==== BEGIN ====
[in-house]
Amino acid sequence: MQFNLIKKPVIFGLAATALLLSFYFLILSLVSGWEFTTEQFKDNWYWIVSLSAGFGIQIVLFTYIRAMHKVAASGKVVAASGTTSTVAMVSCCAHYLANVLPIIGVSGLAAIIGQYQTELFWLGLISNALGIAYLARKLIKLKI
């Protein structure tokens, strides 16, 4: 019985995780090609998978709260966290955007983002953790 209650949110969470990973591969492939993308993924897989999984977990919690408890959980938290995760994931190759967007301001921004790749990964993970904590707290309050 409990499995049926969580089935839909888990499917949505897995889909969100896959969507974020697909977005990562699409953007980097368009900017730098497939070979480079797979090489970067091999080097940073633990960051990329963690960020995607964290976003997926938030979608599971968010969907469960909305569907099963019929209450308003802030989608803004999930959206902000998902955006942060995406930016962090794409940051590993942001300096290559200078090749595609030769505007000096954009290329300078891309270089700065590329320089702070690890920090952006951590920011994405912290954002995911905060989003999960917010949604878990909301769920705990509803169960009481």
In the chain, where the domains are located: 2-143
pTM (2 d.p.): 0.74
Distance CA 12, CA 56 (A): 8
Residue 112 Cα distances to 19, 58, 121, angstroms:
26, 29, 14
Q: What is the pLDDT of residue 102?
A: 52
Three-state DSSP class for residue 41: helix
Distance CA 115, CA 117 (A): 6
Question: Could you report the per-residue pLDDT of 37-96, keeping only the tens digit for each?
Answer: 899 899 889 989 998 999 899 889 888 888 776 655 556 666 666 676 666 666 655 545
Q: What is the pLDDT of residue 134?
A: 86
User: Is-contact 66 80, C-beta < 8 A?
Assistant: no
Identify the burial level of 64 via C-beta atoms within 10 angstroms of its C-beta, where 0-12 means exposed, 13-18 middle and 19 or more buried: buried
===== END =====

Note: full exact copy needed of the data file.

[in-house]
Amino acid sequence: MQFNLIKKPVIFGLAATALLLSFYFLILSLVSGWEFTTEQFKDNWYWIVSLSAGFGIQIVLFTYIRAMHKVAASGKVVAASGTTSTVAMVSCCAHYLANVLPIIGVSGLAAIIGQYQTELFWLGLISNALGIAYLARKLIKLKI
């Protein structure tokens, strides 16, 4: 019985995780090609998978709260966290955007983002953790 209650949110969470990973591969492939993308993924897989999984977990919690408890959980938290995760994931190759967007301001921004790749990964993970904590707290309050 409990499995049926969580089935839909888990499917949505897995889909969100896959969507974020697909977005990562699409953007980097368009900017730098497939070979480079797979090489970067091999080097940073633990960051990329963690960020995607964290976003997926938030979608599971968010969907469960909305569907099963019929209450308003802030989608803004999930959206902000998902955006942060995406930016962090794409940051590993942001300096290559200078090749595609030769505007000096954009290329300078891309270089700065590329320089702070690890920090952006951590920011994405912290954002995911905060989003999960917010949604878990909301769920705990509803169960009481």
In the chain, where the domains are located: 2-143
pTM (2 d.p.): 0.74
Distance CA 12, CA 56 (A): 8
Residue 112 Cα distances to 19, 58, 121, angstroms:
26, 29, 14
Q: What is the pLDDT of residue 102?
A: 52
Three-state DSSP class for residue 41: helix
Distance CA 115, CA 117 (A): 6
Question: Could you report the per-residue pLDDT of 37-96, keeping only the tens digit for each?
Answer: 899 899 889 989 998 999 899 889 888 888 776 655 556 666 666 676 666 666 655 545
Q: What is the pLDDT of residue 134?
A: 86
User: Is-contact 66 80, C-beta < 8 A?
Assistant: no
Identify the burial level of 64 via C-beta atoms within 10 angstroms of its C-beta, where 0-12 means exposed, 13-18 middle and 19 or more buried: buried